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New LinkedIn Ads Features Every B2B Advertiser Should Know

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LinkedIn Ads platform has significantly evolved since its launch back in 2005. Fifteen years later it is still a pillar in paid social advertising especially for advertisers who would like to leverage it for creating and nurturing B2B relationships. With 310 million MAU (Monthly Active Users) it provides a unique opportunity to reach out to audiences based on their job title, industry, company size and name, seniority, and more. This has given LinkedIn Ads a very unique value proposition that makes it a marketer’s first choice when it comes to influencing business decision-makers.

In terms of platform features though, LinkedIn always has looked at Facebook Ads as a role model. Features such as Objective-based campaigns, Lookalike Audiences and Custom (list-based) Audiences were introduced to Facebook Ads way ahead of LinkedIn Ads and eventually made their way to the platform as users expected LinkedIn to keep up!

This has remained true in the last few releases of features to LinkedIn Ads. A bundle of improved audience building features, new ad types, and enhanced reporting made many avid users of the platform really happy about in the last few months. In this post, we’re going to take a look at some of these features and explore ideas and use cases.

Engagement Retargeting

I clearly remember how excited I got when I heard about the introduction of Video Views objective to the platform about a year ago. My excitement didn’t last long though, there was no way to retarget the engagements with the view based on the watch time/percentage and this meant running these campaigns only would make sense if we wanted to influence brand awareness. Yes, it was listed under the “consideration” column but what should we do after someone watches the video? There was no way to target those engagements. Well, that’s not the case anymore!

video views objective linkedin

With the most recent changes to the Matched Audiences, we are able to create video engagement audiences based on percentage watched. Options are 25%, 50%, 75%, and 97% watch percentages of the videos going back all the way to 365 days. Now we get to plug in those warmed-up valuable engagement audiences in a conversion campaign for one last nudge.

In a similar move, LinkedIn has introduced engagement audiences to Lead Gen forms too. At the moment, it allows advertisers to create audiences based on form opens and form completions, and, similar to video views, there is a maximum lookback window of 365 days. In both cases, the audiences need to populate at least 300 LinkedIn members before they can be used in a campaign.

In addition to targeting these audiences with follow-up messaging, another great idea is creating lookalike audiences from them. For example, an advertiser would make a lookalike audience based on video engagements in a Video View campaign or a lookalike based on Lead Gen Form submissions. This option allows you to target users similar to those that have engaged with your content previously.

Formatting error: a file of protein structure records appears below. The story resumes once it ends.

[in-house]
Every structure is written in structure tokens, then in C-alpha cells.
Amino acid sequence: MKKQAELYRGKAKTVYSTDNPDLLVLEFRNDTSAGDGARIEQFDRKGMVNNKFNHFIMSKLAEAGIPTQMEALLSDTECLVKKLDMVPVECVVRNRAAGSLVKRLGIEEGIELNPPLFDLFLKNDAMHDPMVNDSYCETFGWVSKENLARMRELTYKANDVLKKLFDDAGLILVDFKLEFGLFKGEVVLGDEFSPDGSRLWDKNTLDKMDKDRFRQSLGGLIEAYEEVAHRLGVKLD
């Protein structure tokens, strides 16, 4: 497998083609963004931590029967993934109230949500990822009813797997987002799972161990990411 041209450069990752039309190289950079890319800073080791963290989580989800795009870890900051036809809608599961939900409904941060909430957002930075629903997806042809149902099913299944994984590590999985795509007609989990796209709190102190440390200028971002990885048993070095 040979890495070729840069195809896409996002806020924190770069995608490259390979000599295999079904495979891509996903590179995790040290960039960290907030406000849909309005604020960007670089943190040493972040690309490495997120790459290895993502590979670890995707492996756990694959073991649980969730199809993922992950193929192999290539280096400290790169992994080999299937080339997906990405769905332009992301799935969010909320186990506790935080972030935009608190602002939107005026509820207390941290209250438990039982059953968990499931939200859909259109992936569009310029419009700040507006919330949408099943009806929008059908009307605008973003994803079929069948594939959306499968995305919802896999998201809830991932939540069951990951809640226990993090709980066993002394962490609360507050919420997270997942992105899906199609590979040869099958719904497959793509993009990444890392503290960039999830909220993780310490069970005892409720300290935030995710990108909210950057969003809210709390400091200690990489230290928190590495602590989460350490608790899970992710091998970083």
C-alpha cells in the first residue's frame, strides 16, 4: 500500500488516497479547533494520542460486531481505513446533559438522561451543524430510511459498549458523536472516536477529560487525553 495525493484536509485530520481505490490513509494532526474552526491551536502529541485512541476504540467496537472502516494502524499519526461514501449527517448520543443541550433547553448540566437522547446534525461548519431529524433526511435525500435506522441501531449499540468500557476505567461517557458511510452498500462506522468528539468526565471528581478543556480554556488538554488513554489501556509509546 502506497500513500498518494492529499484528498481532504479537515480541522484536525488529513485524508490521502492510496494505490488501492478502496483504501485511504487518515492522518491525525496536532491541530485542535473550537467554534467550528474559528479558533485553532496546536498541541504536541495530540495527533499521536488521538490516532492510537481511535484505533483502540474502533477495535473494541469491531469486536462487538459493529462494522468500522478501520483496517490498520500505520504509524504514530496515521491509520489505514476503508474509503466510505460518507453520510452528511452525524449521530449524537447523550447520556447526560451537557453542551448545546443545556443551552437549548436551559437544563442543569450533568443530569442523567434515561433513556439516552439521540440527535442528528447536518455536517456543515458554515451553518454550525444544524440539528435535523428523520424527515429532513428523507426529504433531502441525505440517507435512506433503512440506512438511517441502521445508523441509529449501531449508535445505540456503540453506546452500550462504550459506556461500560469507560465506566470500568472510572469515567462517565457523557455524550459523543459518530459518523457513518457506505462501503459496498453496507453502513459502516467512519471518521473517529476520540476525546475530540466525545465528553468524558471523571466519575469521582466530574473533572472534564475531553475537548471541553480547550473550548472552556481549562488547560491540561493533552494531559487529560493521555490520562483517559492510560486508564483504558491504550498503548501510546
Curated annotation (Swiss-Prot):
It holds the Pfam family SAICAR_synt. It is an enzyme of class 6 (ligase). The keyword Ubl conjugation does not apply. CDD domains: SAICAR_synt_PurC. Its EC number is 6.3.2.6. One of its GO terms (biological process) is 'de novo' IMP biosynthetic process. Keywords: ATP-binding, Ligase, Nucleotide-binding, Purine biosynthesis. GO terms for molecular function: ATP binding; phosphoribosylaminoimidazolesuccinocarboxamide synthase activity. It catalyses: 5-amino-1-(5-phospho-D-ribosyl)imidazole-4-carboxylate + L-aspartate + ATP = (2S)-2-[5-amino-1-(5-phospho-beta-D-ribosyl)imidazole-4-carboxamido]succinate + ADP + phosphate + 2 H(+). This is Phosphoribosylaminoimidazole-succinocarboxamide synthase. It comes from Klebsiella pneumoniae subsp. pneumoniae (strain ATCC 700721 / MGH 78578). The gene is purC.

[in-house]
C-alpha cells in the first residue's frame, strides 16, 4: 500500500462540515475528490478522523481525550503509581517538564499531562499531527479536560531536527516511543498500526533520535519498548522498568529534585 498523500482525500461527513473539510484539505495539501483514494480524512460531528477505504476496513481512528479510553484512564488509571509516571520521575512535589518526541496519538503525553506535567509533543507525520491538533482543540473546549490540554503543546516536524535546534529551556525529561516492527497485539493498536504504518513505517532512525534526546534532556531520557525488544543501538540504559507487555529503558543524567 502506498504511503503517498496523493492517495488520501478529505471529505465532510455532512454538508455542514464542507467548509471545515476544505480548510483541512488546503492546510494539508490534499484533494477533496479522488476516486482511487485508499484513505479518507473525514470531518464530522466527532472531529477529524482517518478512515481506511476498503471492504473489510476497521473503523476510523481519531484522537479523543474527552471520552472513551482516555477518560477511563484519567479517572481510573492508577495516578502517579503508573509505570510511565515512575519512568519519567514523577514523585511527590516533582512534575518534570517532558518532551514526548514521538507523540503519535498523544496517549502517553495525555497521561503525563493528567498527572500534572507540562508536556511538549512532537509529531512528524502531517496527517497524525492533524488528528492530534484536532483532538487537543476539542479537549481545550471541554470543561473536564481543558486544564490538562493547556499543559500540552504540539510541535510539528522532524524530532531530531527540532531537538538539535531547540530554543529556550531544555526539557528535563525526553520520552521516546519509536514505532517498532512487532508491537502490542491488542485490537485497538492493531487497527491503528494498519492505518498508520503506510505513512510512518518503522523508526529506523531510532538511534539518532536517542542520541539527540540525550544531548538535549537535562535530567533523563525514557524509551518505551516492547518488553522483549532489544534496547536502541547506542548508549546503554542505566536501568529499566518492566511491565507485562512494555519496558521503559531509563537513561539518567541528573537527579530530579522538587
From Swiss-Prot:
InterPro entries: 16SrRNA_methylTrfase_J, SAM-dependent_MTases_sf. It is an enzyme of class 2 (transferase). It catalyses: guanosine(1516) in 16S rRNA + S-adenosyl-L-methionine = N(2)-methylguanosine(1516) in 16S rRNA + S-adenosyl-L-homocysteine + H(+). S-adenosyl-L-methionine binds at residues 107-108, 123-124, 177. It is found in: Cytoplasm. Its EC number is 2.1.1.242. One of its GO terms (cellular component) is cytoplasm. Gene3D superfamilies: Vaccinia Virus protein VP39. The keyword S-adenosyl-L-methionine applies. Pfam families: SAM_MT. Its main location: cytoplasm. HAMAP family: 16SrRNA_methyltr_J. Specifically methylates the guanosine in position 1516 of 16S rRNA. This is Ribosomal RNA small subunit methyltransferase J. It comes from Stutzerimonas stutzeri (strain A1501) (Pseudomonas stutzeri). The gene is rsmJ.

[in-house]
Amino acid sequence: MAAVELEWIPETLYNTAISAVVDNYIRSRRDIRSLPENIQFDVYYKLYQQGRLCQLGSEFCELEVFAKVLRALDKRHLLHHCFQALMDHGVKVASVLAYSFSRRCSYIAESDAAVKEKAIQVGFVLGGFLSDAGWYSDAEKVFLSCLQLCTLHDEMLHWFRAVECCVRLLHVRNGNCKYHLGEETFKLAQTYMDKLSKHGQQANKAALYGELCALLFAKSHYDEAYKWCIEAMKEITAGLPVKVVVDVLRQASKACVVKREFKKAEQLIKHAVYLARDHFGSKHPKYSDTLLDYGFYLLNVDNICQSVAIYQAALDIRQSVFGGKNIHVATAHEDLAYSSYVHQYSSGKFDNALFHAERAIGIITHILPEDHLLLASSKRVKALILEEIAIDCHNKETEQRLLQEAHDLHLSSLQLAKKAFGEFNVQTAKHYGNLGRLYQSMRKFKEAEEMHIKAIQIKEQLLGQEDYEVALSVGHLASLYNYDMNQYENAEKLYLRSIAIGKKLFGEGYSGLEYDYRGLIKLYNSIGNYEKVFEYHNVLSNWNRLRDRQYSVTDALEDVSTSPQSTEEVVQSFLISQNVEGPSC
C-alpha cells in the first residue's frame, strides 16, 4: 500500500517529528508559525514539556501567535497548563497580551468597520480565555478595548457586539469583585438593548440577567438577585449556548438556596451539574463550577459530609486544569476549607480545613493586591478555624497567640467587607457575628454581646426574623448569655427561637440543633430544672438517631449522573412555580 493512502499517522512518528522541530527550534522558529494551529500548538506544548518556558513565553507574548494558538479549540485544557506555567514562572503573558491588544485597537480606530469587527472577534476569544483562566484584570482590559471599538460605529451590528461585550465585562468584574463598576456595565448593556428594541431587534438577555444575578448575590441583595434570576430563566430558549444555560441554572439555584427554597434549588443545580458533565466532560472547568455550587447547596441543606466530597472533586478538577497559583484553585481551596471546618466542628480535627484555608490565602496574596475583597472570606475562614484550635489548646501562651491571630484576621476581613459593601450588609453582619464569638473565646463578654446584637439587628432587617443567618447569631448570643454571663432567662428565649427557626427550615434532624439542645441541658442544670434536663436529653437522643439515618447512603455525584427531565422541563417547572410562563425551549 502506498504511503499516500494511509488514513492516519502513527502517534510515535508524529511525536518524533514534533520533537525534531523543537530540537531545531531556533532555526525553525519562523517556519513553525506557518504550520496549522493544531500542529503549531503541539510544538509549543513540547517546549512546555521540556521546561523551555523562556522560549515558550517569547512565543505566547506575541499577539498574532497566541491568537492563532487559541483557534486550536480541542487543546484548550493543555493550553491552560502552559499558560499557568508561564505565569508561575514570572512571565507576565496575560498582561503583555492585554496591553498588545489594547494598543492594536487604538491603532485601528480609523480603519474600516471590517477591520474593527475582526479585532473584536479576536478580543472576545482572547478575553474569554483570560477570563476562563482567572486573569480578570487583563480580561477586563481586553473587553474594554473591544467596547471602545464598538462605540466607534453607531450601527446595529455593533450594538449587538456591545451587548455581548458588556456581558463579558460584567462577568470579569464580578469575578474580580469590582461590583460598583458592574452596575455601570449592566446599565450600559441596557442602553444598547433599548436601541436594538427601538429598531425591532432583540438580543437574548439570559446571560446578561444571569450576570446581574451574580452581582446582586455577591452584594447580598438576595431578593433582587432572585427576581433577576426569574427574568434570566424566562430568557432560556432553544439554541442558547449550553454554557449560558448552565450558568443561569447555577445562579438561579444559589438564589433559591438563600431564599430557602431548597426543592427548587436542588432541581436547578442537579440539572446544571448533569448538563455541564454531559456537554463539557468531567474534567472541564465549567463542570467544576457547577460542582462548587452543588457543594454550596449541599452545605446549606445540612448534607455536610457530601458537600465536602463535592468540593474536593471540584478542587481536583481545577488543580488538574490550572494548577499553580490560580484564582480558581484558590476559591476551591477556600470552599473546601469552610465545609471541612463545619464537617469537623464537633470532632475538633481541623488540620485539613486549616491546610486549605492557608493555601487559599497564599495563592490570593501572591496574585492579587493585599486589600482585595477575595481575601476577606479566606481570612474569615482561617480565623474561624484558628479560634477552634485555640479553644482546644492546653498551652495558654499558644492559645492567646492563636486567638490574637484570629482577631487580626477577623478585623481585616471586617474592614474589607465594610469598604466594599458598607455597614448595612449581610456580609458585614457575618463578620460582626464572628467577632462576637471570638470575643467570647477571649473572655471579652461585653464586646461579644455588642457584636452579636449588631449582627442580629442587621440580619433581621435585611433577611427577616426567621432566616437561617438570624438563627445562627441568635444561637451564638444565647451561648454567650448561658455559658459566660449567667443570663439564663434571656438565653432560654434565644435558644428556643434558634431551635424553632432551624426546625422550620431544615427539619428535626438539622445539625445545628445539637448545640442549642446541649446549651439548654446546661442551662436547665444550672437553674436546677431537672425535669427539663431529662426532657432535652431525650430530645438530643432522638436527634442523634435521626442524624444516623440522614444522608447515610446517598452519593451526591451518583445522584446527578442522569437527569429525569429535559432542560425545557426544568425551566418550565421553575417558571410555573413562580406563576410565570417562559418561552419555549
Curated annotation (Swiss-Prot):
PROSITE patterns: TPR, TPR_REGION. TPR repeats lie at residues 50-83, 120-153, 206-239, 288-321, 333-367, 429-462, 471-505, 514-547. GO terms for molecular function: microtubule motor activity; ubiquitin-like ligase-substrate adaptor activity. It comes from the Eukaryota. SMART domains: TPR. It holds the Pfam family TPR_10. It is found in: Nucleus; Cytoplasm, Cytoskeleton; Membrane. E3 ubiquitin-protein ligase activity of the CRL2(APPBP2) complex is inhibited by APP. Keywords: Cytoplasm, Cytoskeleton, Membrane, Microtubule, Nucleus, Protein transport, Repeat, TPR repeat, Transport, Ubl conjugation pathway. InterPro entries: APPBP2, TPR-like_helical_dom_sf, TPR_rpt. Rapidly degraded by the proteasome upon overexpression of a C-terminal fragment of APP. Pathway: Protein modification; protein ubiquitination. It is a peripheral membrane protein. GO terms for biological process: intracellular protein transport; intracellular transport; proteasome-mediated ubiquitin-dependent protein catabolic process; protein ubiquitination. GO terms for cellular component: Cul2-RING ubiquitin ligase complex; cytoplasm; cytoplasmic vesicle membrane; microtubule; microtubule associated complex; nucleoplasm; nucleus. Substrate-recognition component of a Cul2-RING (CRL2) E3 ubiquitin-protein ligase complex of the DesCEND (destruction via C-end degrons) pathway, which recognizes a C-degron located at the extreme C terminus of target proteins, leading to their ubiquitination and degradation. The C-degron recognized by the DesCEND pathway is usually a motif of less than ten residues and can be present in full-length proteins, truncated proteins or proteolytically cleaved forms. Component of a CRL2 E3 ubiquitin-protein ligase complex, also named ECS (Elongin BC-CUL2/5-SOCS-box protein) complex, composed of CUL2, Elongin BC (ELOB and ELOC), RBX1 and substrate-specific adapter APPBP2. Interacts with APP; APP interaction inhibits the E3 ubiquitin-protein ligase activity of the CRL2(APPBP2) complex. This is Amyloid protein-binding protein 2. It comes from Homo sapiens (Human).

engagement retargeting audience linkedin ads

Conversation Ads

Similar to Facebook Ads’ Messaging Ads and built on InMail ads, Conversational Ads will help us to engage in an interaction more sophisticated than showing an image or a video ad and hoping to get a click. Instead, we can engage in a conversation, provide some context, and tell a story by sending a personalized series of messages.

This new format is available under Lead Generation and Website Visits campaign objectives and can be combined with features such as conversion tracking or lead gen forms. You get to design a flow for the conversation either from a great selection of templates or from scratch and tie each path to a certain CTA depending on the user responses. This ad type is currently in beta so you may have to wait a little longer for it in case your account is not already part of the beta rollout.

linkedin conversation ads builder

Reporting Enhancements

And last but definitely not least in the list of recent improvements to the LinkedIn Ads platform, we need to talk about all the improvements with the reporting and UI. LinkedIn Ads now reports metrics such as Reach and Avg Frequency so we all have a better sense of ad fatigue and controlling it. They have even allocated a whole new view for delivery level metrics called, wait for it, Delivery View. I’m sure this is going to save many advertisers time and sanity as the only other way to get a feel about Reach and Frequency prior to this was having access to a dedicated LinkedIn rep and hoping for the best.

new reporting views linkedin

Even better, we get to have our own Custom Views by mixing and matching a personalized combination of metrics that we find relevant to our analysis and optimization process.

custom views linkedin ads

LinkedIn Ads has come a long way with completing its toolbox of campaign objectives, audience building features, ad types, and reporting. I’m pretty sure each LinkedIn Ads advertiser has their own wishlist of other features that the platform is still lacking, things such as placement customization, dynamic ads, multiple ad types in the same campaign, bulk editing tools and on top of it all, a more robust and user-friendly interface. Looking forward to seeing some of these implemented when we update this post!

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MARKETING